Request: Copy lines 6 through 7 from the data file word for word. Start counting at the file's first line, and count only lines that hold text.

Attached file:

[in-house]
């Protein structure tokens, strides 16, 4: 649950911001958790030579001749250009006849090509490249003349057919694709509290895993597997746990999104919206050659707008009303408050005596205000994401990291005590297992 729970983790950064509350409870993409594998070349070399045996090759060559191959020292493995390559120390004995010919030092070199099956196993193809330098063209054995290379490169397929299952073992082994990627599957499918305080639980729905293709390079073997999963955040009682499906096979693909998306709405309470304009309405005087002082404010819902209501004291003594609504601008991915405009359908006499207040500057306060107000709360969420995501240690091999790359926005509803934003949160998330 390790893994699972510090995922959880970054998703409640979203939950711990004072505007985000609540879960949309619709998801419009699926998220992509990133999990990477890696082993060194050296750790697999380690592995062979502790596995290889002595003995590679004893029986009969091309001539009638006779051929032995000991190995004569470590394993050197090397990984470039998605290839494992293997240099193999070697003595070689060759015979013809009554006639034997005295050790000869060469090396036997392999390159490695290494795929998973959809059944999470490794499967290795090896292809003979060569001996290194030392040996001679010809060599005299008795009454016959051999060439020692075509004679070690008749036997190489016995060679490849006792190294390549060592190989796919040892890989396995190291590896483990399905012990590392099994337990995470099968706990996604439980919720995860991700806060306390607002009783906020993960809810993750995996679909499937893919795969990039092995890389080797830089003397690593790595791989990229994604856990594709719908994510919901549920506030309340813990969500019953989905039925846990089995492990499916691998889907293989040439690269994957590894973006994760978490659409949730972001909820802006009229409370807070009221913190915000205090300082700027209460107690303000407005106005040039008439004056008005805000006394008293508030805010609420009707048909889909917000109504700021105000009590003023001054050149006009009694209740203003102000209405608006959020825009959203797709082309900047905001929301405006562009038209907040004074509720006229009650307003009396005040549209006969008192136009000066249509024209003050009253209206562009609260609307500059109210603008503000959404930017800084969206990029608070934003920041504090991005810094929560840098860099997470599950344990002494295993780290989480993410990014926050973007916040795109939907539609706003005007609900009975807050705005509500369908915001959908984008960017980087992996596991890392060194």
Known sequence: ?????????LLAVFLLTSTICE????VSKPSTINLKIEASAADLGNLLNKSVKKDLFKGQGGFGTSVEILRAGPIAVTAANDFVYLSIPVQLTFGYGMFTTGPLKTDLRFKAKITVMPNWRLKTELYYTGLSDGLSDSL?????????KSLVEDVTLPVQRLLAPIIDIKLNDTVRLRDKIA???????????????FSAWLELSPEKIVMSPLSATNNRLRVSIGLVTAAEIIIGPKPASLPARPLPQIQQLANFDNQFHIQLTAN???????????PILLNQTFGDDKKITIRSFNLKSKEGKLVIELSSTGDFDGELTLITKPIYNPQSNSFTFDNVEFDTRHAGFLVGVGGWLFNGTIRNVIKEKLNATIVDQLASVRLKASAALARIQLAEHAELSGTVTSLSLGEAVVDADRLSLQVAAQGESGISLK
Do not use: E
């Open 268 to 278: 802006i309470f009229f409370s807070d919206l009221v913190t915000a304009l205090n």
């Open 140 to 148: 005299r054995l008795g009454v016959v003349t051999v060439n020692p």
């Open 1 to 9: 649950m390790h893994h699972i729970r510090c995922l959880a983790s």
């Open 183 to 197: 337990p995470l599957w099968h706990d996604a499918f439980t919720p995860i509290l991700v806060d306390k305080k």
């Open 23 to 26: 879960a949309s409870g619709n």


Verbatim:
């Open 140 to 148: 005299r054995l008795g009454v016959v003349t051999v060439n020692p």
């Open 1 to 9: 649950m390790h893994h699972i729970r510090c995922l959880a983790s």